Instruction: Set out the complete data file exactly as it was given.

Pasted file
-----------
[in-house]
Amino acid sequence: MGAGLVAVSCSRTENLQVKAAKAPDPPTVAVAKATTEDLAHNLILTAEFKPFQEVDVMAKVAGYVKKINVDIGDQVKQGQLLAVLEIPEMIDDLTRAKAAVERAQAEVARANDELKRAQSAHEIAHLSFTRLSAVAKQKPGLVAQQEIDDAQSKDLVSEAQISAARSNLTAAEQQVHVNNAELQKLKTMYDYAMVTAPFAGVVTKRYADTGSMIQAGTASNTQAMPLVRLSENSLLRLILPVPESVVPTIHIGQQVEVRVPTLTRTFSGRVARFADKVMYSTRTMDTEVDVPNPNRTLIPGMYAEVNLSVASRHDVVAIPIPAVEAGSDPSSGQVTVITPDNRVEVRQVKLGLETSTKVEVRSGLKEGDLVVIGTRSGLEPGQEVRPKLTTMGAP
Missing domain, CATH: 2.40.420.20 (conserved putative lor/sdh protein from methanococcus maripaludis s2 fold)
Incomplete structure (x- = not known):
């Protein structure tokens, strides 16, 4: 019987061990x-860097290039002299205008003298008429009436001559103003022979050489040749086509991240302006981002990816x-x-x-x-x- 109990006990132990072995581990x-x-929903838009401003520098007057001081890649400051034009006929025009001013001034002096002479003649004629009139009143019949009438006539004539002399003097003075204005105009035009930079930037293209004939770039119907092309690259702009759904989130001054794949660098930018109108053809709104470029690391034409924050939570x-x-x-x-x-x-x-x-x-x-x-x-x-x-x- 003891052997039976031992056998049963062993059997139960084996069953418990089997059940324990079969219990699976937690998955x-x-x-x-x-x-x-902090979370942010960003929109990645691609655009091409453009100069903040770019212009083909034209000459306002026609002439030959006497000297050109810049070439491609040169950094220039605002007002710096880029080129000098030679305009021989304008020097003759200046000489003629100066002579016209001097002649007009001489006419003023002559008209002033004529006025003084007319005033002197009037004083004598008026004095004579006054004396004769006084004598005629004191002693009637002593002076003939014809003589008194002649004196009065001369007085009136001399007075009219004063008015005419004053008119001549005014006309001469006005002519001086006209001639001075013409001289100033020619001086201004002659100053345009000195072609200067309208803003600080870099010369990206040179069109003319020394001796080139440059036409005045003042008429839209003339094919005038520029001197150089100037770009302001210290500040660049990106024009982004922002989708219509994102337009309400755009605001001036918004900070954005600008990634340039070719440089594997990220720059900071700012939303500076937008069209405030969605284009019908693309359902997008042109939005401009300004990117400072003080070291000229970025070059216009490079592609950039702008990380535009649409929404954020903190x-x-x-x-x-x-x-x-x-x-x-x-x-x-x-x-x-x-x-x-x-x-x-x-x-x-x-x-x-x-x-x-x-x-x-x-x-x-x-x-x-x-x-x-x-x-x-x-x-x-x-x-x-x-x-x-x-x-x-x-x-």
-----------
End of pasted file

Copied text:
[in-house]
Amino acid sequence: MGAGLVAVSCSRTENLQVKAAKAPDPPTVAVAKATTEDLAHNLILTAEFKPFQEVDVMAKVAGYVKKINVDIGDQVKQGQLLAVLEIPEMIDDLTRAKAAVERAQAEVARANDELKRAQSAHEIAHLSFTRLSAVAKQKPGLVAQQEIDDAQSKDLVSEAQISAARSNLTAAEQQVHVNNAELQKLKTMYDYAMVTAPFAGVVTKRYADTGSMIQAGTASNTQAMPLVRLSENSLLRLILPVPESVVPTIHIGQQVEVRVPTLTRTFSGRVARFADKVMYSTRTMDTEVDVPNPNRTLIPGMYAEVNLSVASRHDVVAIPIPAVEAGSDPSSGQVTVITPDNRVEVRQVKLGLETSTKVEVRSGLKEGDLVVIGTRSGLEPGQEVRPKLTTMGAP
Missing domain, CATH: 2.40.420.20 (conserved putative lor/sdh protein from methanococcus maripaludis s2 fold)
Incomplete structure (x- = not known):
């Protein structure tokens, strides 16, 4: 019987061990x-860097290039002299205008003298008429009436001559103003022979050489040749086509991240302006981002990816x-x-x-x-x- 109990006990132990072995581990x-x-929903838009401003520098007057001081890649400051034009006929025009001013001034002096002479003649004629009139009143019949009438006539004539002399003097003075204005105009035009930079930037293209004939770039119907092309690259702009759904989130001054794949660098930018109108053809709104470029690391034409924050939570x-x-x-x-x-x-x-x-x-x-x-x-x-x-x- 003891052997039976031992056998049963062993059997139960084996069953418990089997059940324990079969219990699976937690998955x-x-x-x-x-x-x-902090979370942010960003929109990645691609655009091409453009100069903040770019212009083909034209000459306002026609002439030959006497000297050109810049070439491609040169950094220039605002007002710096880029080129000098030679305009021989304008020097003759200046000489003629100066002579016209001097002649007009001489006419003023002559008209002033004529006025003084007319005033002197009037004083004598008026004095004579006054004396004769006084004598005629004191002693009637002593002076003939014809003589008194002649004196009065001369007085009136001399007075009219004063008015005419004053008119001549005014006309001469006005002519001086006209001639001075013409001289100033020619001086201004002659100053345009000195072609200067309208803003600080870099010369990206040179069109003319020394001796080139440059036409005045003042008429839209003339094919005038520029001197150089100037770009302001210290500040660049990106024009982004922002989708219509994102337009309400755009605001001036918004900070954005600008990634340039070719440089594997990220720059900071700012939303500076937008069209405030969605284009019908693309359902997008042109939005401009300004990117400072003080070291000229970025070059216009490079592609950039702008990380535009649409929404954020903190x-x-x-x-x-x-x-x-x-x-x-x-x-x-x-x-x-x-x-x-x-x-x-x-x-x-x-x-x-x-x-x-x-x-x-x-x-x-x-x-x-x-x-x-x-x-x-x-x-x-x-x-x-x-x-x-x-x-x-x-x-």